Scots

National Youth Jazz Orchestra of Scotland, publicity photo

If you came expecting ‘The Chicken’ etc, then you were at the wrong gig.

This was a night for original music, superbly played by this lively and talented outfit under the leadership of Andrew Bain and Malcolm Edmonstone.

The first half was a tribute to two much-loved Scottish musicians who died recently — the great tenor player Duncan Lamont and trombonist Rick Taylor (Isle of Skye by way of Newcastle-upon-Tyne). Both made a significant contribution to the orchestra’s work over the years and the set included several of their compositions, including parts of Lamont’s ‘Carnival of the Animals’ which featured some fine reed section work.

There are some excellent soloists in this band — in fact everybody gets a turn. No names were given but when next you see them look out for an impressive soprano saxophone player.

Yazz Ahmed, press shot

After the jazz came the Yazz — namely Yazz Ahmed. The British-Bahraini trumpet and flugelhorn player is also recognised for her original compositions. With a superb tone which she supplements by heavy echo and reverb effects, her whole sound has been described as a kind of psychedelic Arabic jazz. The orchestra shone once more, handling some tricky arrangements and driven by a powerful rhythm section.

After Belfast, it’s Sligo’s turn. The whole outfit have now headed west where they’ll be an exciting addition to this year’s Sligo Jazz Project.

Keith Baker

‘And She Was’ by pianist-composer Carlos Cipa from the upcoming Retronyms. Now playing. Thoughts? Well. “Acoustic piano,” to use a retronym (well for the large part, there are some interesting washy overdubs snuck in). Style, well there is some jazz in terms of any hybrid style or band, and there are many on the contemporary European piano trio scene, that have drawn on minimalism only because it is there in tiny amounts + other music. But, a big caveat if it is an issue for you dear reader, this is not improvisation at all. Nor is it electronica. Impact? Well, yes it has a bleak, rather than harrowing, beauty and avoids the twee. Introverted, in a good way. Also the track is pretty accessible and is beautifully played. Carlos Cipa is playing St Pancras old church, London on 3 October. Tickets. SG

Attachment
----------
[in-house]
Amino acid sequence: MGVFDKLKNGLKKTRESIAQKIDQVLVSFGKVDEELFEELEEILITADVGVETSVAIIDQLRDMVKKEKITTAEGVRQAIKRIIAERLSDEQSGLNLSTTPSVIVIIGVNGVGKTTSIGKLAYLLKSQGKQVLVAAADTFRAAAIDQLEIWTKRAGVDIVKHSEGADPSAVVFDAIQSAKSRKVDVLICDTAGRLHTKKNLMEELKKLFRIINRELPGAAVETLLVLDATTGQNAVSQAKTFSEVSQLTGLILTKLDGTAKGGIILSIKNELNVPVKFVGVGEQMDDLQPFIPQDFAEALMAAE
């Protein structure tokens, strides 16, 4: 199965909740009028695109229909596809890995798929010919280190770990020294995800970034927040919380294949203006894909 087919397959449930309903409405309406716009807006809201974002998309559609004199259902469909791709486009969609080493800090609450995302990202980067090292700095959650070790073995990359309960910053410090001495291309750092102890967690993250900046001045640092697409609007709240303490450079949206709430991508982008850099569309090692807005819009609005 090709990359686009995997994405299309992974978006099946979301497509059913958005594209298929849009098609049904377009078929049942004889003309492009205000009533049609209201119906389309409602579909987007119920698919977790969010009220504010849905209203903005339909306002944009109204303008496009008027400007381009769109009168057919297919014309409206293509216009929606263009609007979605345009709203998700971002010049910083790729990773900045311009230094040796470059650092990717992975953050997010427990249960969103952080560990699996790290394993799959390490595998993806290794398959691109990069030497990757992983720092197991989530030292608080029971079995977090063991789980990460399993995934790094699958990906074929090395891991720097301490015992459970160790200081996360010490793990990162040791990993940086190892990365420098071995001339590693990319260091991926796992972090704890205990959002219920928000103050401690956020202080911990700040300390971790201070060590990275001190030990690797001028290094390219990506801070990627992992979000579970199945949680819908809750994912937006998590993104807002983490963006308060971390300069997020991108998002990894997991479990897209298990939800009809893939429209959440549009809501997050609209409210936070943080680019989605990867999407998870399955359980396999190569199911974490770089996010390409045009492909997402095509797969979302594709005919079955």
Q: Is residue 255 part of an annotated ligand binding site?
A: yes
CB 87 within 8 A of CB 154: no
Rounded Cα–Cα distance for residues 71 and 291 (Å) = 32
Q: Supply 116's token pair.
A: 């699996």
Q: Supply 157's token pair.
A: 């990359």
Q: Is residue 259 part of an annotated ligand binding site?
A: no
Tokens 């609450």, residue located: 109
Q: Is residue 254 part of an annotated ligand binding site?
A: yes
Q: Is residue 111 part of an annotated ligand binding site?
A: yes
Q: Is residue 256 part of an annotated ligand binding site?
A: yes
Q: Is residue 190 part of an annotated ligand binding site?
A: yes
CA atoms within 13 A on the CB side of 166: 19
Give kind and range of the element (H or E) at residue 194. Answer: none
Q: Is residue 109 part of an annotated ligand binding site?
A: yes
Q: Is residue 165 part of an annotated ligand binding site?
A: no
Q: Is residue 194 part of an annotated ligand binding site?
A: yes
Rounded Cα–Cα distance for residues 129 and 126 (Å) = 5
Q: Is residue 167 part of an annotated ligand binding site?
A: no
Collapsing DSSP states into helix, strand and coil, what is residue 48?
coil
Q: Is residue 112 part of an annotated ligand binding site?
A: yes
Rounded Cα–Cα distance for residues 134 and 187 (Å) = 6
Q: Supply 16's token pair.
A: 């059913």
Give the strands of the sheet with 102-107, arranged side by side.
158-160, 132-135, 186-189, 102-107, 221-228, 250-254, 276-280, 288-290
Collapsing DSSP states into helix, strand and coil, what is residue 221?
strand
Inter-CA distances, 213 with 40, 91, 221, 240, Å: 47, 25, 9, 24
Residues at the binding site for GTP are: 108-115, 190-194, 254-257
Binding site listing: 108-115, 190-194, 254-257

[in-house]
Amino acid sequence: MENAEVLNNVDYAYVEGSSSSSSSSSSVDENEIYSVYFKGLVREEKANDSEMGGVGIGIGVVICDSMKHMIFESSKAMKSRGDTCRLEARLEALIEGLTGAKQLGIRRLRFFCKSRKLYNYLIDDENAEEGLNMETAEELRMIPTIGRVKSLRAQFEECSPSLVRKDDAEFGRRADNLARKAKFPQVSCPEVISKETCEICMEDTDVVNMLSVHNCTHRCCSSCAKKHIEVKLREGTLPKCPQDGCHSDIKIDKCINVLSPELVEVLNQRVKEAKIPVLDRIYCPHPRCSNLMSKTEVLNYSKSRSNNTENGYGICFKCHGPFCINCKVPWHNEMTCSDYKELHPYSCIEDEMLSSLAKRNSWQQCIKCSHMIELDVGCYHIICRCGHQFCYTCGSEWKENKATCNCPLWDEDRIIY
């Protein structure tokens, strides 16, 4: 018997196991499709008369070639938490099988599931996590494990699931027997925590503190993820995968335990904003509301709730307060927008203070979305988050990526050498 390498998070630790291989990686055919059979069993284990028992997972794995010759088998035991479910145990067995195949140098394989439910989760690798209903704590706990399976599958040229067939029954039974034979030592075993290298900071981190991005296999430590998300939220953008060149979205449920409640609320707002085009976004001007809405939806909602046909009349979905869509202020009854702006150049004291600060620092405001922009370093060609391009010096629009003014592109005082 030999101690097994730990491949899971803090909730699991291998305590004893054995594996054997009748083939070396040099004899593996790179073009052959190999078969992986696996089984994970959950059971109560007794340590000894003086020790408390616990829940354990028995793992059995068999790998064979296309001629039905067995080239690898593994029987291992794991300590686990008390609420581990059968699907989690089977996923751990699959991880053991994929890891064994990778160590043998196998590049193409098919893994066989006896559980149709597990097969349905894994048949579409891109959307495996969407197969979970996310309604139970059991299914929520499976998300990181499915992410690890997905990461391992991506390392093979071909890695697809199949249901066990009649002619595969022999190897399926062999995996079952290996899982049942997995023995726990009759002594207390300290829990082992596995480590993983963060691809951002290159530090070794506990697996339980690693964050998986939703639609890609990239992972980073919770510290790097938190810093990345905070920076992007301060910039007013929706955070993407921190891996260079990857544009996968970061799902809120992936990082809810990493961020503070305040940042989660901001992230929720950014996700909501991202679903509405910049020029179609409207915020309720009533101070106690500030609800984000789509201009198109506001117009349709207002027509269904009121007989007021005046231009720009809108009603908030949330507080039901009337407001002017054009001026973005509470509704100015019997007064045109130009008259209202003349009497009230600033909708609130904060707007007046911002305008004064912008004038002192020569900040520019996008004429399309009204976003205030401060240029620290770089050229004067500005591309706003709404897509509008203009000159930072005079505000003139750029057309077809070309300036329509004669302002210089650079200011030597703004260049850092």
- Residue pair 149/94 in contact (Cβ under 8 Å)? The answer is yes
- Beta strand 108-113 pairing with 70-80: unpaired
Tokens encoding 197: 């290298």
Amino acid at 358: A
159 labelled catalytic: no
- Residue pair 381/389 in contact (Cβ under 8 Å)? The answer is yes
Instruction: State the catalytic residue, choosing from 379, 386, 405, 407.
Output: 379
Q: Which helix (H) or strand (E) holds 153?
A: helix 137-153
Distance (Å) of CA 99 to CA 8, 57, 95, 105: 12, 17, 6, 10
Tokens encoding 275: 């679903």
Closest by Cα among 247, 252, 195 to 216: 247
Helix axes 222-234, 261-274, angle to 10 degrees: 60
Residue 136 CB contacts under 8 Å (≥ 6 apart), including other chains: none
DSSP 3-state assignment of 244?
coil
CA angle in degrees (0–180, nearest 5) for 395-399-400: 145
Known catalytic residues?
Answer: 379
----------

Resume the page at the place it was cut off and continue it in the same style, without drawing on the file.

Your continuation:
Official audio now available. Attractive, head bobbing, laidback groove to it. Ledisi was on Robert Glasper’s Black Radio radar. 

See 13 June post for the Miles story:

A mouthwatering limited edition 2LP set featuring a bonus 7-inch single of the track ‘Paradise’ is being put out by Rhino. Rubberband dates back over 30 years but was never released. The entire 11-song Rubberband album will make its debut finished off by the original producers and Davis’ nephew, Vince Wilburn, Jr., who played drums on the original sessions for the album in 1985-86. Vocals from Lalah Hathaway and Ledisi have been layered over Davis' trumpet and keyboard sessions. Look for the release in September.

Track listing: 
1. Rubberband Of Life – featuring Ledisi
2. This Is It
3. Paradise
4. So Emotional – featuring Lalah Hathaway
5. Give It Up
6. Maze
7. Carnival Time
8. I Love What We Make Together – featuring Randy Hall
9. See I See
10. Echoes In Time/The Wrinkle
11. Rubberband

RIP. See nola.com

So fine. Now playing: the profoundly soulful, meaningfully conveyed, sound of Leon Bridges. Has “hit” written all over it. More Otis than before (when Bridges for instance made an impact four years ago with the Sam Cooke-ian title track of ‘Coming Home’), I love the line “I take it day by day by day” that could be extended live adding “day” several more times in the sort of spontaneous manner that is loose and musically interesting to come up with variety. Also, the guitar accompaniment is quite superb and strings so unobtrusive in the mix that you hardly notice them, which is good, but they do add something to the song: A nice arrangement, in other words. The lyrics are thought-provoking and send an unpreachy message about humility and not knowing all the answers. The almost hidden away “today is going to be different” line is practically spoken or intimates this possibility while still sung, and makes the song ultimately direct and positive. SG